The overall interpretation of Old Germanic phonology and morphology has much to gain from the recent and revolutionary views that were developed in its 'mother' discipline, Indo-European linguistics. For the first time, the Germanic Auslaut problem, i.e. the interpretation of the historical development of final syllables between Proto-Indo-European and Germanic, is analyzed against the background of the modern reconstruction of Proto-Indo-European. This especially entails new interpretations of various detail problems in the field of nominal and verbal morphology. Moreover, the traditional assumption of contrasting intonations yielding different inflexional endings (e.g. circumflex *-õm > Goth ??o??, OHG -o in the _-stem genitive plural, but acute *-_m > Goth -a, OHG -a in the _-stem accusative singular) must be replaced by a theory that is in accordance with our present-day knowledge of Proto-Indo-European as a language that most probably did not display such contrasts.
It is above all the interpretation of long vowels and diphthongs in Old Germanic final syllables that has given rise to a long discussion. After the standard theory, which entered most handbooks of Old Germanic linguistics, was established, it was proven to be unlikely by new investigations. Especially Lane, in his epoch-making article (JEGP 62, 1963: 155 ff), renewed the discussion and drew interesting conclusions. Studies by Antonsen, Beck, Kortlandt, Voyles and others (sometimes dealing with other subjects than Germanic Auslaut proper) also provide materials for a new theory. With respect to this 'long vowel problem', older theories (including the standard view) and modern ideas are discussed before a new interpretation is proposed.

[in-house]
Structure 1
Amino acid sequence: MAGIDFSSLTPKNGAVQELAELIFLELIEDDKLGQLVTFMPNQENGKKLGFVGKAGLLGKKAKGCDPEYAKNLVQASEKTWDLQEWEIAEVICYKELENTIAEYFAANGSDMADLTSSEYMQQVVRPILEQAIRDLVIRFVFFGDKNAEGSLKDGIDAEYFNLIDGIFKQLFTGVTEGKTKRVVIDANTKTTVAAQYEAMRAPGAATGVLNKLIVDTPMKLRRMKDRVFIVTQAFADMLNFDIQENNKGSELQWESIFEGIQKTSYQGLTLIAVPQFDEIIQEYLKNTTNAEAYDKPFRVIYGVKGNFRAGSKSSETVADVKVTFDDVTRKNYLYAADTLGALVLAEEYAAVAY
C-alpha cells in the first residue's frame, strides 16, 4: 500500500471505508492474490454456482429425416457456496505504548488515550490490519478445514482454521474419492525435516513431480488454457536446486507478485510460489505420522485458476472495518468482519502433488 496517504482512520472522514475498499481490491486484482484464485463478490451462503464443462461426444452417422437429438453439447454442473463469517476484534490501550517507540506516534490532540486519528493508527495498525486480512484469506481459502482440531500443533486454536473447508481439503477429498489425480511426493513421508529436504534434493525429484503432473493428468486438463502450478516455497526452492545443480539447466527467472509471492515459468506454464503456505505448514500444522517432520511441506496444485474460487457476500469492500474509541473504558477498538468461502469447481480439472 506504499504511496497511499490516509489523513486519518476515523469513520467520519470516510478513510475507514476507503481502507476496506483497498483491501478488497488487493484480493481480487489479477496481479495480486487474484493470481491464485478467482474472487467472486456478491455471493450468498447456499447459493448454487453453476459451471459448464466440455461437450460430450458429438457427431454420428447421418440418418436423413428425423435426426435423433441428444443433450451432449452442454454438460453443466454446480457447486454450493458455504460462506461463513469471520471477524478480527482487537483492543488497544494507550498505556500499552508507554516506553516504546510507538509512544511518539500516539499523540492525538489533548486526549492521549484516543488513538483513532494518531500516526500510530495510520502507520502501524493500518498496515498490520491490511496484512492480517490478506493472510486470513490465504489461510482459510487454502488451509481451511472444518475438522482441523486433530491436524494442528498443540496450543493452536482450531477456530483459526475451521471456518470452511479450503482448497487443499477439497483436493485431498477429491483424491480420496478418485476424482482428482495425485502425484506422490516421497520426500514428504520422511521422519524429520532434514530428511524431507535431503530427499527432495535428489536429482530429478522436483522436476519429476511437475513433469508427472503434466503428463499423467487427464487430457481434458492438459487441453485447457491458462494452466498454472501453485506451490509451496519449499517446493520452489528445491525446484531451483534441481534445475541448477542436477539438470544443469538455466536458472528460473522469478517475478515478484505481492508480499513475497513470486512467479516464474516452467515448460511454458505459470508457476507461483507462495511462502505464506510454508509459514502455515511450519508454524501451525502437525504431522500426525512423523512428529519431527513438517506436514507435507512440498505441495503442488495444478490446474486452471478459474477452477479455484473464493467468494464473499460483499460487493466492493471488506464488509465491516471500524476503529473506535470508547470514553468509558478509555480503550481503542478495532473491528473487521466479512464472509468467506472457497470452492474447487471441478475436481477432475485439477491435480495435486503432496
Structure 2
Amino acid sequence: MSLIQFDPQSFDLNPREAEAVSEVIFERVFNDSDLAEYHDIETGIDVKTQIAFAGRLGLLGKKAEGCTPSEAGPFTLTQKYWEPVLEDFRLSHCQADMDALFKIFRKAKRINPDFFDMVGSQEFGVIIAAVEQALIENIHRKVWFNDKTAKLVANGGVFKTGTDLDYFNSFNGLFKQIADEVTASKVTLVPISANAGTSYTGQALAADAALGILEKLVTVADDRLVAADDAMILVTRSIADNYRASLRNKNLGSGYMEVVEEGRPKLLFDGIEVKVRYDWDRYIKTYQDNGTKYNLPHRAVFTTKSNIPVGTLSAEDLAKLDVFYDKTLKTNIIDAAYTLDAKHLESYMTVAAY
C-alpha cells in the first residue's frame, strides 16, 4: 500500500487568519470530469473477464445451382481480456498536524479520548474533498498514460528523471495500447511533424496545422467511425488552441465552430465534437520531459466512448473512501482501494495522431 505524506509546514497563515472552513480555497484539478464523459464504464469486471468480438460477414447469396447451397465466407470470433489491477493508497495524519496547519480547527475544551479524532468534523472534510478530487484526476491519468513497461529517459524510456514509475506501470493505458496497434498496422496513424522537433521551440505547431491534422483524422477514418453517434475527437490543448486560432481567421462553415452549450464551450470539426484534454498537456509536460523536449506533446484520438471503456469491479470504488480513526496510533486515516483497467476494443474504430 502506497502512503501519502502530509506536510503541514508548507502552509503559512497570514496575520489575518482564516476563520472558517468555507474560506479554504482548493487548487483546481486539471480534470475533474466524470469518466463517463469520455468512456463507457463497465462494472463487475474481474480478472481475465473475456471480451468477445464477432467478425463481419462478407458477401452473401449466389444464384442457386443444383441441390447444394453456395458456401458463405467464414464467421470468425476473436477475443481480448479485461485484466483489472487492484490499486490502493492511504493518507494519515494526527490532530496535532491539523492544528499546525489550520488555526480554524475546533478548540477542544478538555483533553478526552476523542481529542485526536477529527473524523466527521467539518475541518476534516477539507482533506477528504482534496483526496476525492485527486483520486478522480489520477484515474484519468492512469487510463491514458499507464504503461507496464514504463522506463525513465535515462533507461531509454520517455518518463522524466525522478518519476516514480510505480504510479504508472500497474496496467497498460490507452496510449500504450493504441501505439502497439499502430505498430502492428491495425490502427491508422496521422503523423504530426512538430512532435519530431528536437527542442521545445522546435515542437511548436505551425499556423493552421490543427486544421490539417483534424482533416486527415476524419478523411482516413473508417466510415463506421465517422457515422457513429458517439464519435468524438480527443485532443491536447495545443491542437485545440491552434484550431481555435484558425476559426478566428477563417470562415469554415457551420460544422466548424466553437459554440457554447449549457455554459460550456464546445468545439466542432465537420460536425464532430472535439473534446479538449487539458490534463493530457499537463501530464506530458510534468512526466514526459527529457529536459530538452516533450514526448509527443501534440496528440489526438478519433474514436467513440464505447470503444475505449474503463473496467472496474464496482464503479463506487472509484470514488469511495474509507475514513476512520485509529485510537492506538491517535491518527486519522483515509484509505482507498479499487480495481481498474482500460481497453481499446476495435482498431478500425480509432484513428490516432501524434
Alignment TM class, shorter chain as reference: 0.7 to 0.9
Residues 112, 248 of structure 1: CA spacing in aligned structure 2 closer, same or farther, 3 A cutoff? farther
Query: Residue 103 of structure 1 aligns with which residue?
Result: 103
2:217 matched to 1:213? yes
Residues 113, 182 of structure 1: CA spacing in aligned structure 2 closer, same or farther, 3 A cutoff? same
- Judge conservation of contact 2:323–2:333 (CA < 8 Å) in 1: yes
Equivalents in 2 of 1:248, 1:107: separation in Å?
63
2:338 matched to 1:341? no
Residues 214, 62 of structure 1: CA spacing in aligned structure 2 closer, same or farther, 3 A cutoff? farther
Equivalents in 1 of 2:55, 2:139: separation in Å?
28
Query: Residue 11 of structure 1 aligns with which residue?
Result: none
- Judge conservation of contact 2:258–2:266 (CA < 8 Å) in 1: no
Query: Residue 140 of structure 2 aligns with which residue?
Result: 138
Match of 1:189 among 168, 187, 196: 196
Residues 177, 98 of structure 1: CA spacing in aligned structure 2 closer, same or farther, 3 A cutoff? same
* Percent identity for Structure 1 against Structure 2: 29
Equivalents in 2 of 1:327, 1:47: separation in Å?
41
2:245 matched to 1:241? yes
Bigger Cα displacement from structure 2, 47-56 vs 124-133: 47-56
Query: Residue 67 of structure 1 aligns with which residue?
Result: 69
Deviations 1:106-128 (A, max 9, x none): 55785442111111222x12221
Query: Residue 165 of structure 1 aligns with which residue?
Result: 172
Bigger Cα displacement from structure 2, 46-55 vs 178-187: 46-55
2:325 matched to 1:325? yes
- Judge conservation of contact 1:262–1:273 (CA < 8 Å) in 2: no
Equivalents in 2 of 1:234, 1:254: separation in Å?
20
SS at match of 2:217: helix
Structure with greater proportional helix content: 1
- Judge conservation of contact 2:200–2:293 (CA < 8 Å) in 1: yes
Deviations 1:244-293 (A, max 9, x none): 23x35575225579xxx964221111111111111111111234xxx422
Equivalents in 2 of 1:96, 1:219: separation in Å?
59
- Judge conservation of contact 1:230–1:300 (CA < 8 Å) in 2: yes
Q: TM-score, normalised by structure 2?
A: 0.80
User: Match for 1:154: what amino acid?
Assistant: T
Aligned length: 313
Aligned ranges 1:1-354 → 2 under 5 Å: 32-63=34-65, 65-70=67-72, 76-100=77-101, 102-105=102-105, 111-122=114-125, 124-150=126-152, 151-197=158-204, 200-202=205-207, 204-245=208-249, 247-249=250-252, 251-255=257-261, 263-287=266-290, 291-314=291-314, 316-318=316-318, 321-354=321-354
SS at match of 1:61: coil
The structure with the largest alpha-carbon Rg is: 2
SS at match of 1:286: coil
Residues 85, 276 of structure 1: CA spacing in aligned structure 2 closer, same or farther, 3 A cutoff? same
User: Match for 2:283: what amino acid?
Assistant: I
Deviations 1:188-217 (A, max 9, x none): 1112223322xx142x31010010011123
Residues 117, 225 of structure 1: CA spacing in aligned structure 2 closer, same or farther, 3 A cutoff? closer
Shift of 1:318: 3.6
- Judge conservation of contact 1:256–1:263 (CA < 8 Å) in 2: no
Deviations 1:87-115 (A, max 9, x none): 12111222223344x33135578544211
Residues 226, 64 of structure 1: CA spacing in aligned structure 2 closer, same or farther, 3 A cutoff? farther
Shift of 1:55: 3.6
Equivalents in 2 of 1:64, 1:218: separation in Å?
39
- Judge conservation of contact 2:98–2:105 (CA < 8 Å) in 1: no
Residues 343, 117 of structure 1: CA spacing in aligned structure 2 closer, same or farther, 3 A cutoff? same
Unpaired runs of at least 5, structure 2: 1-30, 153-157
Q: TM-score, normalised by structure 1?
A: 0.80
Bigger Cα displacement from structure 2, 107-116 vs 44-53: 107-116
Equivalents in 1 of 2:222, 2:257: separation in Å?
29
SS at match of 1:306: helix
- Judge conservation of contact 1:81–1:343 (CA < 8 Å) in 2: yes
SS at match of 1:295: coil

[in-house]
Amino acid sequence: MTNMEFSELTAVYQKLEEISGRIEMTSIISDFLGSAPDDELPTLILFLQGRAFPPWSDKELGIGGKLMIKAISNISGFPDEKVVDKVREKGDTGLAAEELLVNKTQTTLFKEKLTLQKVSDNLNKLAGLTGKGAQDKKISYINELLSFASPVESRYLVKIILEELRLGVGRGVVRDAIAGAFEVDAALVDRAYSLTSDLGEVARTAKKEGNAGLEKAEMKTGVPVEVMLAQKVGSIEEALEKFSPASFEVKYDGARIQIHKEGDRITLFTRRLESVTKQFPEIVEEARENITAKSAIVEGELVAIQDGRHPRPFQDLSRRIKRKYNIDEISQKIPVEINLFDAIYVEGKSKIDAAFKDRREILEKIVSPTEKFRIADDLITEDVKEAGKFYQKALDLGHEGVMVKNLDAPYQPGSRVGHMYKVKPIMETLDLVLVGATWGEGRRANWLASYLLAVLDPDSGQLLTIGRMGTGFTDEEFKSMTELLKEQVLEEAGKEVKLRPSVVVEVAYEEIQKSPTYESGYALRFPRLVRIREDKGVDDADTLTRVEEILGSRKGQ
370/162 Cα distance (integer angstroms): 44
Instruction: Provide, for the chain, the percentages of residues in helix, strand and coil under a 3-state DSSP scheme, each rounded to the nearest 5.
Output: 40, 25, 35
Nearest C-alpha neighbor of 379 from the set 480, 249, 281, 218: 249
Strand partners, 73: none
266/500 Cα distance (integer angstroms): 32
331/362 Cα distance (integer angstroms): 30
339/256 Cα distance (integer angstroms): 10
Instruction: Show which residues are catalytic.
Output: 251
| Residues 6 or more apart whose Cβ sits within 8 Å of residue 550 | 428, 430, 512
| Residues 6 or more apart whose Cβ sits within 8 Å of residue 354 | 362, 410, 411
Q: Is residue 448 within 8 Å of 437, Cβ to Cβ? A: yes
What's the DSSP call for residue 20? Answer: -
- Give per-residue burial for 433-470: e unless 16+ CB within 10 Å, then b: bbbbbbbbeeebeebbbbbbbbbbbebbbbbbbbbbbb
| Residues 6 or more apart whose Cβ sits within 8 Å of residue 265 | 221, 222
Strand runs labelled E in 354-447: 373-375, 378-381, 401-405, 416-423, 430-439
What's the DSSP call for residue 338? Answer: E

The evidence is discussed in the form of a historical overview of the nominal and verbal morphology of the Old Germanic dialects. This part of the book can therefore also be used as a reference guide in the field of historical morphology. This approach is adopted from a recent key-study in the field of Auslaut, viz. Jones' dissertation (1979, Chapell Hill).
The growing interest in the relative chronology of Lautgesetze, - which was, for example, the theme of the Leiden Fachtagung der Indogermanischen Gesellschaft of 1986 -, is met with where a chronological order of the Auslautgesetze of the separate dialects is proposed. This part of the book may serve as a stimulus for the necessary discussion of the subject.